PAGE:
For the past 30 years GS1 has dedicated itself to the design and implementation of global standards for use in the supply chain. GS1 standards provide a framework that allows products, services, and information about them to move efficiently and securely for the benefit of businesses and the improvement of people’s lives, everyday, everywhere. GS1 standards ensure effective exchanges that companies, and act as basic guidelines that facilitate interoperability and provide structure to many industries.
GS1 standards bring together companies representing all parts of the supply chain – manufacturers, distributors, retailers, hospitals, transporters, customs organisations, software and hardware developers, local and international regulatory authorities, and more. GS1 standards are used by huge multinational chains and by small corner shops; by world-famous brands and by individual craftsmen. These companies, who may in fact have diverging business interests, work together under GS1 leadership to agree upon standards that make the supply chain faster, more efficient, less complex and less costly. GS1 standards today are used by millions of companies in dozens of sectors and industries including healthcare, transportation and logistics, aeronautics, defense, chemicals, high tech, and still, of course, the retail supply chain.
There are two basic methods for developing standards. The majority of standards today are developed using the consensus process. In this method, any party that may be significantly or materially affected by the standard under development may comment.
At a national level, this means that ANSI committee meetings are open to all interested parties. In some instances, because of logistical issues, meetings may not be convenient for all interested parties, but document drafts are made available and comments must be reviewed periodically.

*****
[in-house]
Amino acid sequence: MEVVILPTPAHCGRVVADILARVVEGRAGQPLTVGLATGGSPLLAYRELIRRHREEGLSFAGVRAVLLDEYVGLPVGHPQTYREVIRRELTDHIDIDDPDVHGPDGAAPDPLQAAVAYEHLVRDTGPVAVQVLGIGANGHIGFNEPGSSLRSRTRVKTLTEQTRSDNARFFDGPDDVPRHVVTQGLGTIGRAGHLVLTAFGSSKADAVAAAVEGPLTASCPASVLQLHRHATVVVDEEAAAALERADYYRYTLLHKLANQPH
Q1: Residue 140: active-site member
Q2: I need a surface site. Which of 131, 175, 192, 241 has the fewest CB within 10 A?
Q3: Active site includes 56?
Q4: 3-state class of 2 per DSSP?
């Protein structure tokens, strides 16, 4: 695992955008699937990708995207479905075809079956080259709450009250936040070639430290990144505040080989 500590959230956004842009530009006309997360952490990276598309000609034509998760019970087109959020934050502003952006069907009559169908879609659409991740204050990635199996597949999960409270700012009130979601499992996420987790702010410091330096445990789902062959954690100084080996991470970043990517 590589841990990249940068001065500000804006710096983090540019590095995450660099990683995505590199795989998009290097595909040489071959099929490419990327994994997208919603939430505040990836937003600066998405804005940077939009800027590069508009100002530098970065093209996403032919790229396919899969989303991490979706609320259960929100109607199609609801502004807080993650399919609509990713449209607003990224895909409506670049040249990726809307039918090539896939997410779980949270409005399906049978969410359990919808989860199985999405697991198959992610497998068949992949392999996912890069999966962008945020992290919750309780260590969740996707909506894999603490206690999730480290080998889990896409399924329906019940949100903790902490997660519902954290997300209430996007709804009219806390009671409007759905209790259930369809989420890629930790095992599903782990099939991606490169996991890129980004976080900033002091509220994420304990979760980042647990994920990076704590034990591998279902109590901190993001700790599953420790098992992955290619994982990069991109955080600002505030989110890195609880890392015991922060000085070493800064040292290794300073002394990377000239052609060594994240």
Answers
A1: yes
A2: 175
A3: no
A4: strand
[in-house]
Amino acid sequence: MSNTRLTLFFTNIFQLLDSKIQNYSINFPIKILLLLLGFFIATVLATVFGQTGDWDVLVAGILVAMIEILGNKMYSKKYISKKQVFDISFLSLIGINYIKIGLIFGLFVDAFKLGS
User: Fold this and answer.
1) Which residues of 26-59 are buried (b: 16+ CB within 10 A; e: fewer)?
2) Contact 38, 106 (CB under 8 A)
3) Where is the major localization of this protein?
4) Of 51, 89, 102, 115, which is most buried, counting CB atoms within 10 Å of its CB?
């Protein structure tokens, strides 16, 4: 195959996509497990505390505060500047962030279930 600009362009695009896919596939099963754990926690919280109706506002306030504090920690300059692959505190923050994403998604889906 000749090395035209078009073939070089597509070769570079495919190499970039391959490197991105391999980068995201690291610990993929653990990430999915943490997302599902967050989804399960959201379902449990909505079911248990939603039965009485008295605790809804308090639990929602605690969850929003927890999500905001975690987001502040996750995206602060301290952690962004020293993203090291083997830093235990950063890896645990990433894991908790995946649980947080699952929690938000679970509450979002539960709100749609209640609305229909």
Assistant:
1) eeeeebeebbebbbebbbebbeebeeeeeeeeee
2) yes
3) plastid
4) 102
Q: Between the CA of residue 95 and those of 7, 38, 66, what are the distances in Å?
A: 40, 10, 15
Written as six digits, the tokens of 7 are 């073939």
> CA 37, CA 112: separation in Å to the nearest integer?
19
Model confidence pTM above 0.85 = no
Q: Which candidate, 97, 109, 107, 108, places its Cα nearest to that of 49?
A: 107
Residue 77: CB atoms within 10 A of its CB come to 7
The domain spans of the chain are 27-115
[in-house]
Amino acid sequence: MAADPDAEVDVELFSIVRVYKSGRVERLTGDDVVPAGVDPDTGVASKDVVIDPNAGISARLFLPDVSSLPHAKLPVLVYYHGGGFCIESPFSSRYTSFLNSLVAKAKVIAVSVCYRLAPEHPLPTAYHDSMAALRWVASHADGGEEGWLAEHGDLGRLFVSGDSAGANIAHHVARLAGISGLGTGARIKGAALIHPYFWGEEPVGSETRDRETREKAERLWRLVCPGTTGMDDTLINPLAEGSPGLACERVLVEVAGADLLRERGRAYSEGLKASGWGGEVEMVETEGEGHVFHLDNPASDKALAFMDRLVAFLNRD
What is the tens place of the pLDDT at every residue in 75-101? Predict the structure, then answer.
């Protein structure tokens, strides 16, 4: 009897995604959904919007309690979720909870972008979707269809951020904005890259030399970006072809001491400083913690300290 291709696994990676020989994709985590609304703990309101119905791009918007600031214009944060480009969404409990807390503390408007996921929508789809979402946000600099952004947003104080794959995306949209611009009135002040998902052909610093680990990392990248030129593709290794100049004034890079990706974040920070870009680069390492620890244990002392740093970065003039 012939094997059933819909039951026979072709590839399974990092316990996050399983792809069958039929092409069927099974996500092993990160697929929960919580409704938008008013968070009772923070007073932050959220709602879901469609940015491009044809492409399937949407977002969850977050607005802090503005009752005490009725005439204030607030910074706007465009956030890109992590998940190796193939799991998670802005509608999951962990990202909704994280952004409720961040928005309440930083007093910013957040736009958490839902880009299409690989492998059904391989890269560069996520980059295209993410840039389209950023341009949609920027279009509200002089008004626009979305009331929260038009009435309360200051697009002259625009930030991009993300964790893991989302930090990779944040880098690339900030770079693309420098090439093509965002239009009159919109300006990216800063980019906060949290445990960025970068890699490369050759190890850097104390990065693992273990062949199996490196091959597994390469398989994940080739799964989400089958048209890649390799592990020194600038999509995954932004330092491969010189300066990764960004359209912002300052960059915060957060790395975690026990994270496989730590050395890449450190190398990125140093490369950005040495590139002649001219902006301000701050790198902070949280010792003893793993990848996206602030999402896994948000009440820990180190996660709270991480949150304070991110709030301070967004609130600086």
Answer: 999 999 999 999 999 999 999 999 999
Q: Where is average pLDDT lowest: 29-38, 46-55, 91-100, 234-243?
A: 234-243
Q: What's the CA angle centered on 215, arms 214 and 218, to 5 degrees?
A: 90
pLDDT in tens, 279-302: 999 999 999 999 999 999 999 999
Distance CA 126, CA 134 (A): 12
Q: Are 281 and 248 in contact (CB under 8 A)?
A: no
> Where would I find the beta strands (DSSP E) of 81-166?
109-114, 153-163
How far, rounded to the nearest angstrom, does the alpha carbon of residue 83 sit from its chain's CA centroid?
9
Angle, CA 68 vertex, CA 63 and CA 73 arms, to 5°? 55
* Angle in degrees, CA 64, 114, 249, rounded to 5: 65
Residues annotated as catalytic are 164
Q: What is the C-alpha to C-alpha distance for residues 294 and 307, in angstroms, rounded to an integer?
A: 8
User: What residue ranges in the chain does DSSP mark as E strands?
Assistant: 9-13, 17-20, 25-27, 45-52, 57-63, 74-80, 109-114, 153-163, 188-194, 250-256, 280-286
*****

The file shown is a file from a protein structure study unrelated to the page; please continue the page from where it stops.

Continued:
For ISO, IEC and JTC-1 committees, only representatives of national standards bodies (or their designees) may participate. However, comments are solicited on the national level prior to any international meeting. Within a typical development cycle there will be several official public reviews prior to a final public comment period.
It's important to note that unanimity is not required for the approval of a standard. All comments on, and objections to, the document must be addressed but objections do not necessarily have to be resolved. An honest effort to resolve the issue must be made but it is often not possible to remove the objection. Thus, a consensus (or majority) view to adopt or reject a standard prevails. Typically, there will be a set point for action, for example, greater than 50 percent of those voting.
The second method, used by CEN for some of its standards development, is for a group of experts on writing standards to be tasked with developing a document. This group may not be expert on the topic and will rely on outside experts to advise it. Such a process is typically closed to outside comment until an official review is conducted.
If you want to get directly involved in the standards development process, you should start by contacting the trade association for your industry to see if they have an official representative on the appropriate standard committee. This will help you get up to speed on current activities.
You can also contact AIM or your local GS1 office for more information. A key service that AIM provides for our global members is comprehensive information about the AIDC Standards "landscape." Chapters and their members will get a summary version of this information.